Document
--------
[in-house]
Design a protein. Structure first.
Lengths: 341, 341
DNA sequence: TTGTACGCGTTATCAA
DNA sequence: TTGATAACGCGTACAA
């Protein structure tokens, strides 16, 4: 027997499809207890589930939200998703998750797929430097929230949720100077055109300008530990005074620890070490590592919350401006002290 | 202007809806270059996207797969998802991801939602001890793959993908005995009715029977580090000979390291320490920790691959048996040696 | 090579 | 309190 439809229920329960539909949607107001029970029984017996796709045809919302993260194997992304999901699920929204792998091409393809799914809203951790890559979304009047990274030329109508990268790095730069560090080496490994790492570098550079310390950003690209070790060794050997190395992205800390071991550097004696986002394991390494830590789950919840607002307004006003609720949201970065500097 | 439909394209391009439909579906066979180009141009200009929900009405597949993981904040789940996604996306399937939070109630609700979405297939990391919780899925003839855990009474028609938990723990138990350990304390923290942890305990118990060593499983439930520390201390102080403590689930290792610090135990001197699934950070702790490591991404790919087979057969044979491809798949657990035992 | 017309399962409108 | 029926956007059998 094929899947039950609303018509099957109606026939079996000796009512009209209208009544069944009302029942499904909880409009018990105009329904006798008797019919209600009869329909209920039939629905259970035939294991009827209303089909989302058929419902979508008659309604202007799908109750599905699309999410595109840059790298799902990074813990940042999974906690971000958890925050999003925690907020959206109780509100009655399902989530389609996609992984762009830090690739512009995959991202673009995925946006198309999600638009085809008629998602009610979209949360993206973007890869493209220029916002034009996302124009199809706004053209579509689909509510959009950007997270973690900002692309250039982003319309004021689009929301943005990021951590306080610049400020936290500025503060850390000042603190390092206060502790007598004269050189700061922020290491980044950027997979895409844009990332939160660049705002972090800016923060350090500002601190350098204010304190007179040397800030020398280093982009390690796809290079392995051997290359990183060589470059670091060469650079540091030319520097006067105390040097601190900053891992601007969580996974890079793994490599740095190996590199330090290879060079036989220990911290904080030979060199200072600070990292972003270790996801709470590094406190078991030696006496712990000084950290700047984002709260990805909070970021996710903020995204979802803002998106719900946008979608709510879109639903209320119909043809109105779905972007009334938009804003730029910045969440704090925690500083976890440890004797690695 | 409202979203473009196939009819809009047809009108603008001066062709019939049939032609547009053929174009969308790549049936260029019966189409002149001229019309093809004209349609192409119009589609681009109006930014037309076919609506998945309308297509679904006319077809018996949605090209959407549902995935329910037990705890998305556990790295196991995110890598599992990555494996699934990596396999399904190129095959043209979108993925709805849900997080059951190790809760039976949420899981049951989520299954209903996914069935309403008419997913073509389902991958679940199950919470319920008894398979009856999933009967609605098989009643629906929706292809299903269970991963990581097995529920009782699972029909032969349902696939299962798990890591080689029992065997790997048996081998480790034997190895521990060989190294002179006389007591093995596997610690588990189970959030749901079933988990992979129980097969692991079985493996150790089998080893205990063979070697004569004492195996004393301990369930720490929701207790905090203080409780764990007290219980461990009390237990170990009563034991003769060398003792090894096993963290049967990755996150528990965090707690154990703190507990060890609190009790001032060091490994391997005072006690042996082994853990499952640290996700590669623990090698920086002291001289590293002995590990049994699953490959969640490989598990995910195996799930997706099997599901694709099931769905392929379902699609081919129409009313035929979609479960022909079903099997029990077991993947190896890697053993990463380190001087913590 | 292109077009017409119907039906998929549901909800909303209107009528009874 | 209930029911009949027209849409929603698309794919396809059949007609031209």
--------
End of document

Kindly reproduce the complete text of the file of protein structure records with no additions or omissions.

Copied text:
[in-house]
Design a protein. Structure first.
Lengths: 341, 341
DNA sequence: TTGTACGCGTTATCAA
DNA sequence: TTGATAACGCGTACAA
């Protein structure tokens, strides 16, 4: 027997499809207890589930939200998703998750797929430097929230949720100077055109300008530990005074620890070490590592919350401006002290 | 202007809806270059996207797969998802991801939602001890793959993908005995009715029977580090000979390291320490920790691959048996040696 | 090579 | 309190 439809229920329960539909949607107001029970029984017996796709045809919302993260194997992304999901699920929204792998091409393809799914809203951790890559979304009047990274030329109508990268790095730069560090080496490994790492570098550079310390950003690209070790060794050997190395992205800390071991550097004696986002394991390494830590789950919840607002307004006003609720949201970065500097 | 439909394209391009439909579906066979180009141009200009929900009405597949993981904040789940996604996306399937939070109630609700979405297939990391919780899925003839855990009474028609938990723990138990350990304390923290942890305990118990060593499983439930520390201390102080403590689930290792610090135990001197699934950070702790490591991404790919087979057969044979491809798949657990035992 | 017309399962409108 | 029926956007059998 094929899947039950609303018509099957109606026939079996000796009512009209209208009544069944009302029942499904909880409009018990105009329904006798008797019919209600009869329909209920039939629905259970035939294991009827209303089909989302058929419902979508008659309604202007799908109750599905699309999410595109840059790298799902990074813990940042999974906690971000958890925050999003925690907020959206109780509100009655399902989530389609996609992984762009830090690739512009995959991202673009995925946006198309999600638009085809008629998602009610979209949360993206973007890869493209220029916002034009996302124009199809706004053209579509689909509510959009950007997270973690900002692309250039982003319309004021689009929301943005990021951590306080610049400020936290500025503060850390000042603190390092206060502790007598004269050189700061922020290491980044950027997979895409844009990332939160660049705002972090800016923060350090500002601190350098204010304190007179040397800030020398280093982009390690796809290079392995051997290359990183060589470059670091060469650079540091030319520097006067105390040097601190900053891992601007969580996974890079793994490599740095190996590199330090290879060079036989220990911290904080030979060199200072600070990292972003270790996801709470590094406190078991030696006496712990000084950290700047984002709260990805909070970021996710903020995204979802803002998106719900946008979608709510879109639903209320119909043809109105779905972007009334938009804003730029910045969440704090925690500083976890440890004797690695 | 409202979203473009196939009819809009047809009108603008001066062709019939049939032609547009053929174009969308790549049936260029019966189409002149001229019309093809004209349609192409119009589609681009109006930014037309076919609506998945309308297509679904006319077809018996949605090209959407549902995935329910037990705890998305556990790295196991995110890598599992990555494996699934990596396999399904190129095959043209979108993925709805849900997080059951190790809760039976949420899981049951989520299954209903996914069935309403008419997913073509389902991958679940199950919470319920008894398979009856999933009967609605098989009643629906929706292809299903269970991963990581097995529920009782699972029909032969349902696939299962798990890591080689029992065997790997048996081998480790034997190895521990060989190294002179006389007591093995596997610690588990189970959030749901079933988990992979129980097969692991079985493996150790089998080893205990063979070697004569004492195996004393301990369930720490929701207790905090203080409780764990007290219980461990009390237990170990009563034991003769060398003792090894096993963290049967990755996150528990965090707690154990703190507990060890609190009790001032060091490994391997005072006690042996082994853990499952640290996700590669623990090698920086002291001289590293002995590990049994699953490959969640490989598990995910195996799930997706099997599901694709099931769905392929379902699609081919129409009313035929979609479960022909079903099997029990077991993947190896890697053993990463380190001087913590 | 292109077009017409119907039906998929549901909800909303209107009528009874 | 209930029911009949027209849409929603698309794919396809059949007609031209």